There was a case a couple years ago in Quebec. A “drug lord” of some sort who certainly had reason to fear a home invasion was awakened in the middle of the night by a couple cops who had been sent to arrest him and wanted to prevent him from destroying any evidence. The way they did this was to break down his door at 4 AM and come in guns blazing with no warning. They shot and injured his wife, for example (she recovered). He picked up his gun and killed one of the cops (they were not in uniform). They tried him for murder and he was acquitted by a jury. They then hung some weapons charge on him (the gun was registered but to a different address and that is apparently illegal here). But many people were aghast that he had “killed a police officer” as our cleaning lady put it.

My take is that although the cops were pretty dumb, it was the officer who sent them out on this mission who should have been prosecuted.

It might make a more plausible story to have the guy shoot a cop who’s creeping around his yard rather than his house. As mentioned, there are usually well-defined procedures for announcing your presence when entering homes (often precisely to avoid this kind of thing), and it’s unlikely that you wouldn’t know it’s a cop in your kitchen, no matter what time of day.

But they wander through yards chasing fleeing suspects late at night unannounced all the time; watch just one episode of COPS and you’ll see them dashing through all kinds of neihborhoods and in between houses jumping fences, shining flashlights, and breathing heavily. If you’re in a bad part of town where you’ve had home invasions/burglery problems in the past, you might get away with taking a shot at a dark figure prowling around your yard peaking into windows and carrying a handgun.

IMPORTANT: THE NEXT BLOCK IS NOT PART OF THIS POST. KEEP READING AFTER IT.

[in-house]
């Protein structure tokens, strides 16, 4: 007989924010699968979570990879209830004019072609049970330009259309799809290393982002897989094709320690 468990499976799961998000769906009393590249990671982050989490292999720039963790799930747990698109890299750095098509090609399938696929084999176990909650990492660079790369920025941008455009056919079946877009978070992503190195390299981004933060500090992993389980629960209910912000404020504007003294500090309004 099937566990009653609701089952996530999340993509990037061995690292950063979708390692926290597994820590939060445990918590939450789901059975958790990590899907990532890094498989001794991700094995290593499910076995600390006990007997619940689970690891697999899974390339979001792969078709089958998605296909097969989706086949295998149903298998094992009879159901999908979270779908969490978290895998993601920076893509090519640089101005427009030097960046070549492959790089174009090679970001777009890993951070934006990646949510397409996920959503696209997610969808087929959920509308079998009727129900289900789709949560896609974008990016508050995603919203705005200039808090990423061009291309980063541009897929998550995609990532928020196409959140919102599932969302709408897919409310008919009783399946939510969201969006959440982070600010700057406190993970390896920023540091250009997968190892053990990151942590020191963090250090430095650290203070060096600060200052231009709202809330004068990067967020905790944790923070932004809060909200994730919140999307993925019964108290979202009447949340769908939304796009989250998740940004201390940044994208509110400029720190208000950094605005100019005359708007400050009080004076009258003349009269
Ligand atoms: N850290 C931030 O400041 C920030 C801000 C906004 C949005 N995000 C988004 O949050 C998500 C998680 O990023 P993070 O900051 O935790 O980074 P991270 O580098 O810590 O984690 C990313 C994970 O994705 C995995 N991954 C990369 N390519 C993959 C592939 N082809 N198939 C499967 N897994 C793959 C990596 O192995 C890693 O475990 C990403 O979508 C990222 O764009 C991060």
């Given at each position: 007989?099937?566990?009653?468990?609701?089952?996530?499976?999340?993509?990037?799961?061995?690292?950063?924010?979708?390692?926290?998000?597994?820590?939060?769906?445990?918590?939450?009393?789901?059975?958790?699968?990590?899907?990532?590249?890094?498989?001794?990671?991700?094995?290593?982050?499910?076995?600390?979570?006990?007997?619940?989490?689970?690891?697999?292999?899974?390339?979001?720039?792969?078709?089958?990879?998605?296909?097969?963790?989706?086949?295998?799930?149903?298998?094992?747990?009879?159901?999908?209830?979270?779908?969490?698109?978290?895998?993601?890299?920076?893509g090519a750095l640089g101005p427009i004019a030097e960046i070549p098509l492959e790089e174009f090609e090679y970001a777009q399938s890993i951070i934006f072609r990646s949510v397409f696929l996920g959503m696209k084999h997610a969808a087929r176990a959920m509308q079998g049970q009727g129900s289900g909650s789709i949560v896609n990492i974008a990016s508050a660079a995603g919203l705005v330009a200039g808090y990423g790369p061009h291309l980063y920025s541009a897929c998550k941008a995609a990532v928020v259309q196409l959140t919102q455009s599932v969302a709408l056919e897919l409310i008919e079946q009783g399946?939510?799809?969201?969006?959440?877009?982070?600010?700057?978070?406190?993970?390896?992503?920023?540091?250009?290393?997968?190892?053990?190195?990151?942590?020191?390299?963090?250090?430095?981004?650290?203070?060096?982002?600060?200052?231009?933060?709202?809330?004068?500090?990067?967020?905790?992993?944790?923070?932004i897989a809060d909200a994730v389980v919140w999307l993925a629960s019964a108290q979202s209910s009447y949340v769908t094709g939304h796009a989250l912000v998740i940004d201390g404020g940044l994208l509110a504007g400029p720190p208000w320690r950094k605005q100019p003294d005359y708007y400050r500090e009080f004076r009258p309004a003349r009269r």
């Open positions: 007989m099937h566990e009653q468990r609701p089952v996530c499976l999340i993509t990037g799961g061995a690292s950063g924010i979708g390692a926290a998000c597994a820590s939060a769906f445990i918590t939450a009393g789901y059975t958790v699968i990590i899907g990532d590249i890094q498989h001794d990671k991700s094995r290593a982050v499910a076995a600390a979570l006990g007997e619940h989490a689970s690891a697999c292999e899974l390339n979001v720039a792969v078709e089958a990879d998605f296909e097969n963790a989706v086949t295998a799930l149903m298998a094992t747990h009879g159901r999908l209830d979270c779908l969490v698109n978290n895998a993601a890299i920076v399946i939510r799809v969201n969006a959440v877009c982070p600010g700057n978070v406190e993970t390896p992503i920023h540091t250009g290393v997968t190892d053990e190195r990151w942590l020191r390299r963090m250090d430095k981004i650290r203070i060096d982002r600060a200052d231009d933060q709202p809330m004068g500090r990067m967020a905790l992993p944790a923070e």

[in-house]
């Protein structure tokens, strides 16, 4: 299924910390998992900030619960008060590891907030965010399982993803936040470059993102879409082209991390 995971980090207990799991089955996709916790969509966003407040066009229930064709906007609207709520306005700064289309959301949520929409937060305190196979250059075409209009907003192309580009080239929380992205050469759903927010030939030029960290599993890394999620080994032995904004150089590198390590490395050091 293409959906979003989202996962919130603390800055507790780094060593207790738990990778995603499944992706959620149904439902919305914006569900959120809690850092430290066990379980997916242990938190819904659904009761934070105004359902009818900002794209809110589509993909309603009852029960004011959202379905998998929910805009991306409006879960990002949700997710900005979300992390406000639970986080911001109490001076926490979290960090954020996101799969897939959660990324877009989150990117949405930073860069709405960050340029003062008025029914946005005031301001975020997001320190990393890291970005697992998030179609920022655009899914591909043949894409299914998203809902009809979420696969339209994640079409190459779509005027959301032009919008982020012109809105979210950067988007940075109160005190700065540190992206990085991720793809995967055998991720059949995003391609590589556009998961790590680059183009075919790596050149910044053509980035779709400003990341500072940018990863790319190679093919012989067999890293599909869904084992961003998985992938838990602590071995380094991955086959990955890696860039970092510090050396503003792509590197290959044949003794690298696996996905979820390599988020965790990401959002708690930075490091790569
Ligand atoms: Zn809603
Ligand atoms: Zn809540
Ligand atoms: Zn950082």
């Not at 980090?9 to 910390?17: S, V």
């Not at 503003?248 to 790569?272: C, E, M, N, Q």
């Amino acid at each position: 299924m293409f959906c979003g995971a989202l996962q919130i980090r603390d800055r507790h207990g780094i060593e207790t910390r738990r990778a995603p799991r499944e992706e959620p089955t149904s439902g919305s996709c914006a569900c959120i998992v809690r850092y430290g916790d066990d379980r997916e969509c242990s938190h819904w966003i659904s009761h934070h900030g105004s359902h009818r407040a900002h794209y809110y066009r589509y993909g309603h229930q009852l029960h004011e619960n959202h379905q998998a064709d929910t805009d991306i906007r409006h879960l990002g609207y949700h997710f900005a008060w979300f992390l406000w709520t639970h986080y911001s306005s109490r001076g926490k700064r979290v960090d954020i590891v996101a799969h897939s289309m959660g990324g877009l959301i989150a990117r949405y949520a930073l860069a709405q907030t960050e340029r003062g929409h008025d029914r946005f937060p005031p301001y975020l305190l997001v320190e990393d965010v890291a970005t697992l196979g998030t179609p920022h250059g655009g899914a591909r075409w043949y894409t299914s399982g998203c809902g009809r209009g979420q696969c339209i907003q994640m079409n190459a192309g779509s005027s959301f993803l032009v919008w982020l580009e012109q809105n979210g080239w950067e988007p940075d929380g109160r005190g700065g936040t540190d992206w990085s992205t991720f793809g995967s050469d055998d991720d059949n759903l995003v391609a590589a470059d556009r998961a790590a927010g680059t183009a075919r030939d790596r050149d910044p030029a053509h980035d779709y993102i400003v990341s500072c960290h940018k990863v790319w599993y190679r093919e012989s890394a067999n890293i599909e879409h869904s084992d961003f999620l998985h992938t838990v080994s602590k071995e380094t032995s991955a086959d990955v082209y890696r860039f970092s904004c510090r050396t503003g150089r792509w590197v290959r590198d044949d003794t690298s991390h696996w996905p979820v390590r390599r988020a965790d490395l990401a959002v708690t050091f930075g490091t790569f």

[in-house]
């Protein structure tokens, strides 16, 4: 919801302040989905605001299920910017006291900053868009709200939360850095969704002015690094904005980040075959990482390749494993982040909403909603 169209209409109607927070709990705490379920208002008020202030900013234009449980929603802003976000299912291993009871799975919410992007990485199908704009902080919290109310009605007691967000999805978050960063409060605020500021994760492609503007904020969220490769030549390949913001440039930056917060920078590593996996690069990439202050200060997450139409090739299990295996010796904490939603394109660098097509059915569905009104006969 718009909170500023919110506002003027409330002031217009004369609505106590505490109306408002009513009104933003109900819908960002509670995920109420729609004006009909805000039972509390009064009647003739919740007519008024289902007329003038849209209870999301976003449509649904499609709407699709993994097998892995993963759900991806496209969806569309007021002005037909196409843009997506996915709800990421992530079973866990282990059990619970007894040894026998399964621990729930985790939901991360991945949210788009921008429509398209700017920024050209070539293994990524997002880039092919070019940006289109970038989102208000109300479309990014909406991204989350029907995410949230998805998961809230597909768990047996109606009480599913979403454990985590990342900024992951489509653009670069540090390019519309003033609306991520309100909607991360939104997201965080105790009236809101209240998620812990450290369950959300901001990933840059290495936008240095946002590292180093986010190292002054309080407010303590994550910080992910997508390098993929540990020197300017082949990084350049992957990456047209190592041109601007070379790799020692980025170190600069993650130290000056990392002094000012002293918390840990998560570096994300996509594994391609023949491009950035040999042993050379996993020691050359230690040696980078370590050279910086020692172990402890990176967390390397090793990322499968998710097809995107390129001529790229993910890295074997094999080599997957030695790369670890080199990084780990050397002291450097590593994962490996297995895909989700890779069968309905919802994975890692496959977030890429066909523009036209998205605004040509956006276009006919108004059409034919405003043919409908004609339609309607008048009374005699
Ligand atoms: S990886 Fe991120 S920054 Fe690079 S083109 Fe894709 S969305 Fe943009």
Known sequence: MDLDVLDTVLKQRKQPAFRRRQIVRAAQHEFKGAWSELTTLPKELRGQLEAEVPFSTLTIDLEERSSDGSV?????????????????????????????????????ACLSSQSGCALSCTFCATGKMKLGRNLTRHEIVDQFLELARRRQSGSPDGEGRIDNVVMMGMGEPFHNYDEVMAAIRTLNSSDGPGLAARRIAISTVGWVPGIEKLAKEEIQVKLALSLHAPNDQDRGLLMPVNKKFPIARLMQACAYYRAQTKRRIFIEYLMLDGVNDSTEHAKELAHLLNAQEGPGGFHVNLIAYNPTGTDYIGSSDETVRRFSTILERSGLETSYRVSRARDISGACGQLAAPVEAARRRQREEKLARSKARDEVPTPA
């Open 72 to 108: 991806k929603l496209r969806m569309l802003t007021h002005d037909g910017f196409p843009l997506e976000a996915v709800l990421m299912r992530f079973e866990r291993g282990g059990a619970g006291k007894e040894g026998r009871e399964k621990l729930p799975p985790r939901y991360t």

It happened in Montreal (Brossard and Laval are suburbs of Montreal) :

Has no one here heard of No-knock warrants? In these cases the police do not have to announce their presence and as a result have caused a few police officers to get killed and home owners prosecuted for their deaths.

The cops would definitely be wearing bullet proof vests with POLICE on them, and would scream POLICE the second they saw the guy had a gun.

Sounds like post 5 to me.

To me (note: I don’t really have direct experience with police mentality), most plausible way of shooting a cop and getting away with it (both legally and without serious police harassment the rest of my life) is having the cop be off-duty and doing things he or she shouldn’t (breaking into houses).
If I shoot a guy (out of uniform) breaking into my house, the cops are going to seriously talk to me. When it turns out the dead guy is a cop, I’m probably getting arrested. When it is discovered that the dead guy is carrying burgulary tools and his house is full of stolen goods, then they’ll let me go and probably/maybe even won’t carry much of a grudge.

Whatever the truth is, the cops will claim they followed procedure perfectly. It is up to you ,with limited resources, to prove otherwise.